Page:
It was the year 1977: anti-apartheid activist and black consciousness leader Steve Biko was murdered while in police custody, sparking outrage and protest across the country. 

The resistance was met with more hostility, arrests, torture and even death by the aparthied government. 

One month after the murder of Steve Biko, on October 19 1977, the government banned 19 black consciousness organisations, arrested over 50 black leaders along with the World and Weekend World newspaper, the Christian Institute and Pro Veritate (a Christian monthly journal) under the Internal Security Act. 

The day came to be known as “Black Wednesday”, and is also marked as “National Press Freedom Day.”


The World newspaper (formerly Bantu World) and Weekend World, were established in April 1932 and targeted the black middle-class elite. It was written in both English and indigenous languages, and distributed nationally. The agenda of the newspaper changed, following the philosophy of various editors over the yeras. In the 1950s, it focused on sex, soccer, and crime, and often ran polls for beauty competitions that attracted women readers.

In 1974, Percy Qoboza became the editor of the newspaper. He advocated for black participation in the South African political system and for a peaceful resolution to the divisions between black and white South Africans. Qoboza therefore shifted the agenda of the newspaper to a fully-fledged vehicle for credible political commentary away from a purely tabloid publication. 

It became an active mouthpiece for black South Africans who spoke out against apartheid, and indeed a threat to said government. 

Qoboza was a fervent and bold journalist who did not bow to the apartheid government’s instruction to halt the dissemination of his newspaper, which led to his arrest on October 19 1977 on the premises of The World newspaper’s offices in Johannesburg. 

He was detained for five months in Modderbee Prison under section 10 of the Internal Security Act – which allowed forces to arrest, detain and or ban whomever it felt was a threat to the regime.

Pro Veritate was a Christian monthly journal which examined the National Party’s beliefs from a theological angle, discussing Christian views on topics such as conscientious objection, economic fairness, education, and discriminatory laws. Its goal was to raise Christian awareness for peaceful social change, urging the rejection of racism and pushing for governmental reforms to address deprivation and injustice. It was also banned on 19 October 1977.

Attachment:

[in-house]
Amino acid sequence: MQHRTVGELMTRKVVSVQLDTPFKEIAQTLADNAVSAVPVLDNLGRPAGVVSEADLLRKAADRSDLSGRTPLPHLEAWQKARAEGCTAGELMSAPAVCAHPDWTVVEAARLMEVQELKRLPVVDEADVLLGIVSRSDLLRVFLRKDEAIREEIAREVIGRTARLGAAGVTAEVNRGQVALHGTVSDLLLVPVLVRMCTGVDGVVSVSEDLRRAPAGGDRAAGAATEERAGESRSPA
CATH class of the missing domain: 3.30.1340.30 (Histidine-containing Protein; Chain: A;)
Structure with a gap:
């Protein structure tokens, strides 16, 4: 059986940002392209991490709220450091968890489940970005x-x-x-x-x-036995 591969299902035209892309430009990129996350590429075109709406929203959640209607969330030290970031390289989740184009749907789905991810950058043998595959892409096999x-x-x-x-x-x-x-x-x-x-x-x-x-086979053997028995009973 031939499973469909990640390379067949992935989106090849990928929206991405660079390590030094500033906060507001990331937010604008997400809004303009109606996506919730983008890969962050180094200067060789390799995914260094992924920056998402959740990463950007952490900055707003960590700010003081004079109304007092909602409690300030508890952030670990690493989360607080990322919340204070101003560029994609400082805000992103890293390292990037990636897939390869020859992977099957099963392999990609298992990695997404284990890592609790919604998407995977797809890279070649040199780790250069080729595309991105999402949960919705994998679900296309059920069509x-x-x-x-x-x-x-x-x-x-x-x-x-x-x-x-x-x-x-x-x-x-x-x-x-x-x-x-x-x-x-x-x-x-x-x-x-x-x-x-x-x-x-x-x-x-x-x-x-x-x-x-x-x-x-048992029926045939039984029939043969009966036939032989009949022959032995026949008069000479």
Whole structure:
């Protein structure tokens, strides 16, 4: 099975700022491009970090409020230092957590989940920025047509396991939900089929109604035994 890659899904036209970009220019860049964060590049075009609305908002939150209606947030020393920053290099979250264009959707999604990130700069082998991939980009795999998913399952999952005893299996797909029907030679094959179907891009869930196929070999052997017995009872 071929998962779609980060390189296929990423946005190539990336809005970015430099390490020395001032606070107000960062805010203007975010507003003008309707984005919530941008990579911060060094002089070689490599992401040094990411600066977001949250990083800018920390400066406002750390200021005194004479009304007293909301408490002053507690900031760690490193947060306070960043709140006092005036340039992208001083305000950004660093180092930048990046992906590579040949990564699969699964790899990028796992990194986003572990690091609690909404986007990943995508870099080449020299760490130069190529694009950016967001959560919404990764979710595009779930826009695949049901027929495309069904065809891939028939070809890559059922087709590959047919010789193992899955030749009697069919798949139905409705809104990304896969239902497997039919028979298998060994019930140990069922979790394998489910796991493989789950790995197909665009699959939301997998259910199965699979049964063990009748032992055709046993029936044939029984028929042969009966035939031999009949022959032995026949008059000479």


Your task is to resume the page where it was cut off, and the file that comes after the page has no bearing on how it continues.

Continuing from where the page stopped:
Press Freedom in South Africa 

Freedom was limited for non-Whites during apartheid rule, and freedom of the press was no different, especially if it spoke out against the unjust regime. 

This was indeed the case for Qoboza and other journalists who were also detained at Modderbee during that time. These journalists included Aggrey Klaaste, Willie Bokala, Godwin Mohlomi, Moffat Zungu, ZB Molefe, Duma ka Ndlovu, Joe Thloloe, Peter Magubane, Mike Mzileni and Gabu Tugwana.  While others, including Mathatha Tsedu, Joe Thloloe and Don Mattera, were also banned upon their release.

Forty six years later, “Black Wednesday” continues to be commemorated and remembered as the day the white government raised its hands on black media, but we also must reflect on the progress and extent of press freedom we see in South Africa today. 

Even though freedom of the press is exercised as a democratic right in South Africa today, there have been recent incidents that have threatened the media’s agency and right to report on events. 

Here are a few examples: 

  1. The Committee to Protect Journalists noted three separate incidents earlier this year of journalists being threatened, harassed and attacked for doing their jobs. The first incident they mention took place in Newcastle, where the city’s mayor, Xolani Dube and his deputy Musa Thwala, accused Estella Naicker, a journalist from Northern Natal News of being paid to write negative stories about them. They then forbid her from reporting on them, deleted photos from her phone and threatened her and her colleagues about writing stories in the future.